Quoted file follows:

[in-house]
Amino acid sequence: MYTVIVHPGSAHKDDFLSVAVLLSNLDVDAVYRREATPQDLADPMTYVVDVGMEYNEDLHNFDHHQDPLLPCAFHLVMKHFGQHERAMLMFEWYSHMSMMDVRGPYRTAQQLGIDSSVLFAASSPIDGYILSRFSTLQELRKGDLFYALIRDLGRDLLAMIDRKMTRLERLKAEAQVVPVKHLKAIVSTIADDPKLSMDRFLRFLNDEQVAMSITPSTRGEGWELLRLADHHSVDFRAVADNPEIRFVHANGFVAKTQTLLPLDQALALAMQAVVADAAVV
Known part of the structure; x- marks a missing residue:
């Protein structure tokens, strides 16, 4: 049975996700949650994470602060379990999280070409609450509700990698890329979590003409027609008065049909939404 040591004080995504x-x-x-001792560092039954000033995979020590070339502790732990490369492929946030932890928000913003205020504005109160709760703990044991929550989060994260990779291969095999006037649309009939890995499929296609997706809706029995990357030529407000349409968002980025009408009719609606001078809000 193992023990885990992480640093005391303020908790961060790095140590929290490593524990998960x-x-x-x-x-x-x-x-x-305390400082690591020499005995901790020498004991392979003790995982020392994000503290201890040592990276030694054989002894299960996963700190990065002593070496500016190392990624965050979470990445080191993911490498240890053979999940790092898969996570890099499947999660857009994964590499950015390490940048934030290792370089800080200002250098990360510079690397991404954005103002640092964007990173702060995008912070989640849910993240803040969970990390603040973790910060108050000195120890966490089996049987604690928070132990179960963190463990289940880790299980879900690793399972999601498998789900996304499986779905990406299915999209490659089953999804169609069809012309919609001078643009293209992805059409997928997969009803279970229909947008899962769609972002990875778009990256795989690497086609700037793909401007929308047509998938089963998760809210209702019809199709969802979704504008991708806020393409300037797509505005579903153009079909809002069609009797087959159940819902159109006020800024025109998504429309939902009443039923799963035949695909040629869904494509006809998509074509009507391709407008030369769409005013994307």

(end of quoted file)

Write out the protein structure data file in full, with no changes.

[in-house]
Amino acid sequence: MYTVIVHPGSAHKDDFLSVAVLLSNLDVDAVYRREATPQDLADPMTYVVDVGMEYNEDLHNFDHHQDPLLPCAFHLVMKHFGQHERAMLMFEWYSHMSMMDVRGPYRTAQQLGIDSSVLFAASSPIDGYILSRFSTLQELRKGDLFYALIRDLGRDLLAMIDRKMTRLERLKAEAQVVPVKHLKAIVSTIADDPKLSMDRFLRFLNDEQVAMSITPSTRGEGWELLRLADHHSVDFRAVADNPEIRFVHANGFVAKTQTLLPLDQALALAMQAVVADAAVV
Known part of the structure; x- marks a missing residue:
């Protein structure tokens, strides 16, 4: 049975996700949650994470602060379990999280070409609450509700990698890329979590003409027609008065049909939404 040591004080995504x-x-x-001792560092039954000033995979020590070339502790732990490369492929946030932890928000913003205020504005109160709760703990044991929550989060994260990779291969095999006037649309009939890995499929296609997706809706029995990357030529407000349409968002980025009408009719609606001078809000 193992023990885990992480640093005391303020908790961060790095140590929290490593524990998960x-x-x-x-x-x-x-x-x-305390400082690591020499005995901790020498004991392979003790995982020392994000503290201890040592990276030694054989002894299960996963700190990065002593070496500016190392990624965050979470990445080191993911490498240890053979999940790092898969996570890099499947999660857009994964590499950015390490940048934030290792370089800080200002250098990360510079690397991404954005103002640092964007990173702060995008912070989640849910993240803040969970990390603040973790910060108050000195120890966490089996049987604690928070132990179960963190463990289940880790299980879900690793399972999601498998789900996304499986779905990406299915999209490659089953999804169609069809012309919609001078643009293209992805059409997928997969009803279970229909947008899962769609972002990875778009990256795989690497086609700037793909401007929308047509998938089963998760809210209702019809199709969802979704504008991708806020393409300037797509505005579903153009079909809002069609009797087959159940819902159109006020800024025109998504429309939902009443039923799963035949695909040629869904494509006809998509074509009507391709407008030369769409005013994307």